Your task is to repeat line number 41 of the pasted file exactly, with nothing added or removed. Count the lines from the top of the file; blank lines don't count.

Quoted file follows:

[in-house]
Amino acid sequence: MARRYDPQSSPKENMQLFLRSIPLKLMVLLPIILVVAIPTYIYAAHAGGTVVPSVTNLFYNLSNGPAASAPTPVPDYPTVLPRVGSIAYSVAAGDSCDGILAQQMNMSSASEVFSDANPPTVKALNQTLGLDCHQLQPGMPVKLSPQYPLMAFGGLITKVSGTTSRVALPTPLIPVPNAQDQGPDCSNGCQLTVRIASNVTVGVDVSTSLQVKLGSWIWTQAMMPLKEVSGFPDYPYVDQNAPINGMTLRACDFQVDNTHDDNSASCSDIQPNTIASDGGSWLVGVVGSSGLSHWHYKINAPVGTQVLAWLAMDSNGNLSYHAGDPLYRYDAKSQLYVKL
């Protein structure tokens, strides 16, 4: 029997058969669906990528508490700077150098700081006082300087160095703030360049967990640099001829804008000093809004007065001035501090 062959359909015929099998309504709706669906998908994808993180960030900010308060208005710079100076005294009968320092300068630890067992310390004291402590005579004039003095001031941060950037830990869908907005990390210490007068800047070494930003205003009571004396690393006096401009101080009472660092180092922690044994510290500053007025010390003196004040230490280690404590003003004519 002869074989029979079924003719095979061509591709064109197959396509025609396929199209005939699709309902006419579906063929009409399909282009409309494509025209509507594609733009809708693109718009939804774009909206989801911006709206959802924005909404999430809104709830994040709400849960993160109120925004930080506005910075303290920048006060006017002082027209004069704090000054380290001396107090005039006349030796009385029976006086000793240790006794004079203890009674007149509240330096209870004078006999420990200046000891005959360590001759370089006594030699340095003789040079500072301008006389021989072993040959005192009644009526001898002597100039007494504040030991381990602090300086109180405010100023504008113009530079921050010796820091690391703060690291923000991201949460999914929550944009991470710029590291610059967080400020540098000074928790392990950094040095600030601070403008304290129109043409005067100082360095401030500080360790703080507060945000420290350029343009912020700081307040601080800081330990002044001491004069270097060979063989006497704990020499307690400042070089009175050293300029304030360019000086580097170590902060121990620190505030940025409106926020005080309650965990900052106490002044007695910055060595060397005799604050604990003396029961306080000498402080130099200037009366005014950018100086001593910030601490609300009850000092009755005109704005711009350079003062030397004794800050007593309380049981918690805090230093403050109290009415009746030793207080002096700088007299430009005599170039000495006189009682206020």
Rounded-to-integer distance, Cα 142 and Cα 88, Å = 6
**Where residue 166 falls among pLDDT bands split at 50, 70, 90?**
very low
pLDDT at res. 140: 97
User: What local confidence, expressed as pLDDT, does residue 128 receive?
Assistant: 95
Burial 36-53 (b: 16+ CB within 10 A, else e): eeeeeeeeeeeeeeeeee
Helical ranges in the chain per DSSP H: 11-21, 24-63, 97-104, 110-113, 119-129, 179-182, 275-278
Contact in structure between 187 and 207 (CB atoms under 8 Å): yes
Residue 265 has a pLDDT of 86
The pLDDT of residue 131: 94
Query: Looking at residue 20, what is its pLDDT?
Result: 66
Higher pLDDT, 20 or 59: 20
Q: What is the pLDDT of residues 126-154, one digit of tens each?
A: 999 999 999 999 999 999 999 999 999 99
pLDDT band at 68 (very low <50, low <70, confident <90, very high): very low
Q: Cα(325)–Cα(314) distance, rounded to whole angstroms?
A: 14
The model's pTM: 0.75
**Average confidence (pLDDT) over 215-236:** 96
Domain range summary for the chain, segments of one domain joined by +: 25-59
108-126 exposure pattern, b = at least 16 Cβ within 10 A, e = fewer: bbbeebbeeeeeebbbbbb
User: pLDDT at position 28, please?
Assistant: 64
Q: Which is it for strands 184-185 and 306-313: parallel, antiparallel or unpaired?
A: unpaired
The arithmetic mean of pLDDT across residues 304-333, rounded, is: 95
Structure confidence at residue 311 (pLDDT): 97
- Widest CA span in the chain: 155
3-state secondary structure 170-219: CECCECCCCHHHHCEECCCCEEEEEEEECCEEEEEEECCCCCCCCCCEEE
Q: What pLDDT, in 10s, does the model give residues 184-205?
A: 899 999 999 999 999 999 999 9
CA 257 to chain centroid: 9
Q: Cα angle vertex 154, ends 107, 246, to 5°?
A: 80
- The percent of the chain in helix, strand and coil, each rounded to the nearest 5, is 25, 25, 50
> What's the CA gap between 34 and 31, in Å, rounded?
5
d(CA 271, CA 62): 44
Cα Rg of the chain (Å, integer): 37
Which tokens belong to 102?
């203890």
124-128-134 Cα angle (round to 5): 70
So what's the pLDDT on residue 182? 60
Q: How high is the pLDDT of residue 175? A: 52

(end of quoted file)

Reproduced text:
> What's the CA gap between 34 and 31, in Å, rounded?